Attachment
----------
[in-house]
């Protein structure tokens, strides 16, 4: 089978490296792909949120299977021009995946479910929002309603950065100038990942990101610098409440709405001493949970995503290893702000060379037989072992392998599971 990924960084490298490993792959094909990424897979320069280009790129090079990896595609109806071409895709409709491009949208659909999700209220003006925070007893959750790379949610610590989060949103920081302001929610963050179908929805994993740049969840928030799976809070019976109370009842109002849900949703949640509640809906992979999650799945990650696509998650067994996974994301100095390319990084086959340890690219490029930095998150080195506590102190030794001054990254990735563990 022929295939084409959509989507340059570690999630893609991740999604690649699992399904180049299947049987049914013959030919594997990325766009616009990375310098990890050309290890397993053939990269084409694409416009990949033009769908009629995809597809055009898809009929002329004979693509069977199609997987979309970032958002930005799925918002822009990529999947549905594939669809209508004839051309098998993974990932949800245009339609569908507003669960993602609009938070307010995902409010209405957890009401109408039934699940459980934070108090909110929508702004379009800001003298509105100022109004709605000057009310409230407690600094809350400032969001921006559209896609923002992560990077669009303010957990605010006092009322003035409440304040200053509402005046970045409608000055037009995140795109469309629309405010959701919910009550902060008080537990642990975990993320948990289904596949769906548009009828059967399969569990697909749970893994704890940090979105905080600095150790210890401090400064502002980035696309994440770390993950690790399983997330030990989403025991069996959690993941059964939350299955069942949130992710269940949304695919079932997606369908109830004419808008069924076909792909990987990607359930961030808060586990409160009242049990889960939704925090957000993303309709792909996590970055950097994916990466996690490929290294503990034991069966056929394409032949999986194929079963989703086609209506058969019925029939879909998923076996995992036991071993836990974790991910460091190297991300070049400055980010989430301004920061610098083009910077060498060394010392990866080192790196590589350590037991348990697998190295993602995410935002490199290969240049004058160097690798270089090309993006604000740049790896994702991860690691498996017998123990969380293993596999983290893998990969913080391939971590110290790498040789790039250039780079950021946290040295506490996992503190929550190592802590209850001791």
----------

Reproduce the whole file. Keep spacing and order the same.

[in-house]
């Protein structure tokens, strides 16, 4: 089978490296792909949120299977021009995946479910929002309603950065100038990942990101610098409440709405001493949970995503290893702000060379037989072992392998599971 990924960084490298490993792959094909990424897979320069280009790129090079990896595609109806071409895709409709491009949208659909999700209220003006925070007893959750790379949610610590989060949103920081302001929610963050179908929805994993740049969840928030799976809070019976109370009842109002849900949703949640509640809906992979999650799945990650696509998650067994996974994301100095390319990084086959340890690219490029930095998150080195506590102190030794001054990254990735563990 022929295939084409959509989507340059570690999630893609991740999604690649699992399904180049299947049987049914013959030919594997990325766009616009990375310098990890050309290890397993053939990269084409694409416009990949033009769908009629995809597809055009898809009929002329004979693509069977199609997987979309970032958002930005799925918002822009990529999947549905594939669809209508004839051309098998993974990932949800245009339609569908507003669960993602609009938070307010995902409010209405957890009401109408039934699940459980934070108090909110929508702004379009800001003298509105100022109004709605000057009310409230407690600094809350400032969001921006559209896609923002992560990077669009303010957990605010006092009322003035409440304040200053509402005046970045409608000055037009995140795109469309629309405010959701919910009550902060008080537990642990975990993320948990289904596949769906548009009828059967399969569990697909749970893994704890940090979105905080600095150790210890401090400064502002980035696309994440770390993950690790399983997330030990989403025991069996959690993941059964939350299955069942949130992710269940949304695919079932997606369908109830004419808008069924076909792909990987990607359930961030808060586990409160009242049990889960939704925090957000993303309709792909996590970055950097994916990466996690490929290294503990034991069966056929394409032949999986194929079963989703086609209506058969019925029939879909998923076996995992036991071993836990974790991910460091190297991300070049400055980010989430301004920061610098083009910077060498060394010392990866080192790196590589350590037991348990697998190295993602995410935002490199290969240049004058160097690798270089090309993006604000740049790896994702991860690691498996017998123990969380293993596999983290893998990969913080391939971590110290790498040789790039250039780079950021946290040295506490996992503190929550190592802590209850001791």